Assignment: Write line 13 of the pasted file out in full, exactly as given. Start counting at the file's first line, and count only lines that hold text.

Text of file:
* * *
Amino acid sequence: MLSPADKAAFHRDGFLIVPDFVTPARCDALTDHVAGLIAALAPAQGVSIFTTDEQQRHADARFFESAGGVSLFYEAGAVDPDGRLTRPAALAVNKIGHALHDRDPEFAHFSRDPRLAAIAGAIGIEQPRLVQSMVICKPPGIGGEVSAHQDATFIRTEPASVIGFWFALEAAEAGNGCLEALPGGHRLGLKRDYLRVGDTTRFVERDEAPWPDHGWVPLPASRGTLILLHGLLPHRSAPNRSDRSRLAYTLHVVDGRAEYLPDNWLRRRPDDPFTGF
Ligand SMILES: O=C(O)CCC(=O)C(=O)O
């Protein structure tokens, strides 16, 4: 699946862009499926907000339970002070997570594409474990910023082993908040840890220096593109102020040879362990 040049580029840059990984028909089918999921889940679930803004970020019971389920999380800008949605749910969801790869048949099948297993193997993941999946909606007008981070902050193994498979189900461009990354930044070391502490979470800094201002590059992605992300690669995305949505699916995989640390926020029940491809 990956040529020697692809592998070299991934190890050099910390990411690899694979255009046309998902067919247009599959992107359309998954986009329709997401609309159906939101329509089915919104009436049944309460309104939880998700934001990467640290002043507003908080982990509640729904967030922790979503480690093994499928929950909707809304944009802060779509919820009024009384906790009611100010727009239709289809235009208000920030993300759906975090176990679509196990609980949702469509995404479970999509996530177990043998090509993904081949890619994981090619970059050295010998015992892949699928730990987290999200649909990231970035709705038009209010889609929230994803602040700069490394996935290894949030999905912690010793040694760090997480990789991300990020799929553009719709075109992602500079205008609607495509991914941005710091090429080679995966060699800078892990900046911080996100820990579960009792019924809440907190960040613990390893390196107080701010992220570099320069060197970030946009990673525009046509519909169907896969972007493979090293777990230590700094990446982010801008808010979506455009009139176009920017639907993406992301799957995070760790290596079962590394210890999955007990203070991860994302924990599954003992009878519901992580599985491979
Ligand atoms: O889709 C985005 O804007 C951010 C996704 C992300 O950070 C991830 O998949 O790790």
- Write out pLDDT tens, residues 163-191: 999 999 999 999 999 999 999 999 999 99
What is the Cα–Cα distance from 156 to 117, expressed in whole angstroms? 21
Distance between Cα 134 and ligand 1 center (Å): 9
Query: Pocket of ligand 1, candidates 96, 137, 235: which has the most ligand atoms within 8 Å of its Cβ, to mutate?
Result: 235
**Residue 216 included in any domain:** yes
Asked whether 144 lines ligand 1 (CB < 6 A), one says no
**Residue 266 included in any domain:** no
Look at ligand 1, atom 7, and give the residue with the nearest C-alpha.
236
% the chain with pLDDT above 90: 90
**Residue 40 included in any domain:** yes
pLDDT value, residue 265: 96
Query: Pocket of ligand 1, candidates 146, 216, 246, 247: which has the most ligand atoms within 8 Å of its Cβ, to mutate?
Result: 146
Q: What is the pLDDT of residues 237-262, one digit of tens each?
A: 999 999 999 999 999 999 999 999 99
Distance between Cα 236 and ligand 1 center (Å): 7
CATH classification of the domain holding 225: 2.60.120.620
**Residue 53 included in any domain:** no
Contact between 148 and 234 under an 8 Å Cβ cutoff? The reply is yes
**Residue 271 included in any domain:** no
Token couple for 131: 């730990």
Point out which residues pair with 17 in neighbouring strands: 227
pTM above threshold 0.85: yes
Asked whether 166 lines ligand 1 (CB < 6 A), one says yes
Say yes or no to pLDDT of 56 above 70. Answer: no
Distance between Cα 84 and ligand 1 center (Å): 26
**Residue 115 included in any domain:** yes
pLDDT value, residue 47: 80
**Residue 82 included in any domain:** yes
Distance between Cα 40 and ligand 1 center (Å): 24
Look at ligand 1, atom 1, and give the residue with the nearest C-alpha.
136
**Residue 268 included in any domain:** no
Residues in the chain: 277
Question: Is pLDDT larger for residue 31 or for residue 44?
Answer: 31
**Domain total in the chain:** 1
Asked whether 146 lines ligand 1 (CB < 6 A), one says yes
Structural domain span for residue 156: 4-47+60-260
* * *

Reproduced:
Look at ligand 1, atom 7, and give the residue with the nearest C-alpha.